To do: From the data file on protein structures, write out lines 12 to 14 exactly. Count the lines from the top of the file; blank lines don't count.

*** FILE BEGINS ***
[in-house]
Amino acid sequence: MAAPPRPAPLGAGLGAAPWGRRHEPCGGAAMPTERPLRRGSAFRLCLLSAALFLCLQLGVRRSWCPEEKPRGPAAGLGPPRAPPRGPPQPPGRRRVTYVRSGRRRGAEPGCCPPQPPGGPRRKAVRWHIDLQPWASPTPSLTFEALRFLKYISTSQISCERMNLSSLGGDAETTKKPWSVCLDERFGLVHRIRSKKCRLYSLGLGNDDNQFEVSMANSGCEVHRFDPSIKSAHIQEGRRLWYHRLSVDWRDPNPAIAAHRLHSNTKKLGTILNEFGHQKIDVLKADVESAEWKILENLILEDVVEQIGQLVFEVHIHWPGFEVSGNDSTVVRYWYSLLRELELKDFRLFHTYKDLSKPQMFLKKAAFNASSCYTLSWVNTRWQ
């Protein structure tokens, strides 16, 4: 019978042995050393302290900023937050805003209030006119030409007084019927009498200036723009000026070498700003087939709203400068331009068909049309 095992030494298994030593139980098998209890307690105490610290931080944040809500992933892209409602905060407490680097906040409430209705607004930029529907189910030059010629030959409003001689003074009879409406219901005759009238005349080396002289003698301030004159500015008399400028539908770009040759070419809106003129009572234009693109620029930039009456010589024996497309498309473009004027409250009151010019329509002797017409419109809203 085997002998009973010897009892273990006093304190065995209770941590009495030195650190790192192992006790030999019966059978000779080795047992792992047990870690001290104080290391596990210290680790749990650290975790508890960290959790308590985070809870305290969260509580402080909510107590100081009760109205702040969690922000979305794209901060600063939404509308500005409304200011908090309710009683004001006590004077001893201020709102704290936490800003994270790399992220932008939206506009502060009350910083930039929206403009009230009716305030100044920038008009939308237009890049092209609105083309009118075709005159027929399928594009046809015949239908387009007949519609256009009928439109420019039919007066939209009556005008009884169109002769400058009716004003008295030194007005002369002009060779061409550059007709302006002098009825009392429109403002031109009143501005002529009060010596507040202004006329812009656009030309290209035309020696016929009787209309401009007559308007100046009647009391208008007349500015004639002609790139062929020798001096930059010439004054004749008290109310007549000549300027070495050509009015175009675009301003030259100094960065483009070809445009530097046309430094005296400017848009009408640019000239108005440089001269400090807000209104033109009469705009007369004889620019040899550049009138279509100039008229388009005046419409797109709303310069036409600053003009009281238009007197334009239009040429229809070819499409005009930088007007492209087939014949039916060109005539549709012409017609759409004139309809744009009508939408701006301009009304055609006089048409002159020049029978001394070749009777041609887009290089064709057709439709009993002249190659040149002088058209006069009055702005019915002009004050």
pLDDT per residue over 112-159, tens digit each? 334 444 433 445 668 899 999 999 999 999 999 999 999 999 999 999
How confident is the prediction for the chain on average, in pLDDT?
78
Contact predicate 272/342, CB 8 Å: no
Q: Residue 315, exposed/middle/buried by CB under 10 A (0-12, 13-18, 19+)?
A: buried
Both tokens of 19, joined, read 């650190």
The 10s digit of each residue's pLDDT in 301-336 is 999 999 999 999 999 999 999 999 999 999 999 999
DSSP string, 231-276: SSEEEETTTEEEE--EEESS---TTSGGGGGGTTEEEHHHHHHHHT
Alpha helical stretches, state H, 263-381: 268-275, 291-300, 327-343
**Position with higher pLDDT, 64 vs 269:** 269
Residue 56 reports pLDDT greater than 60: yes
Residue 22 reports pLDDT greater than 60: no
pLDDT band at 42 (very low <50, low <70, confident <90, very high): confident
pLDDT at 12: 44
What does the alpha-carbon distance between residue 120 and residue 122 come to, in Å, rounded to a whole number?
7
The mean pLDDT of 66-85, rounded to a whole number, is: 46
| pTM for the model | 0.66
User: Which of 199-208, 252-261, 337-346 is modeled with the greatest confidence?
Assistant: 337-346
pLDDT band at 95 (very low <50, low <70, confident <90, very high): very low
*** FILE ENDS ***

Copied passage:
DSSP string, 231-276: SSEEEETTTEEEE--EEESS---TTSGGGGGGTTEEEHHHHHHHHT
Alpha helical stretches, state H, 263-381: 268-275, 291-300, 327-343
**Position with higher pLDDT, 64 vs 269:** 269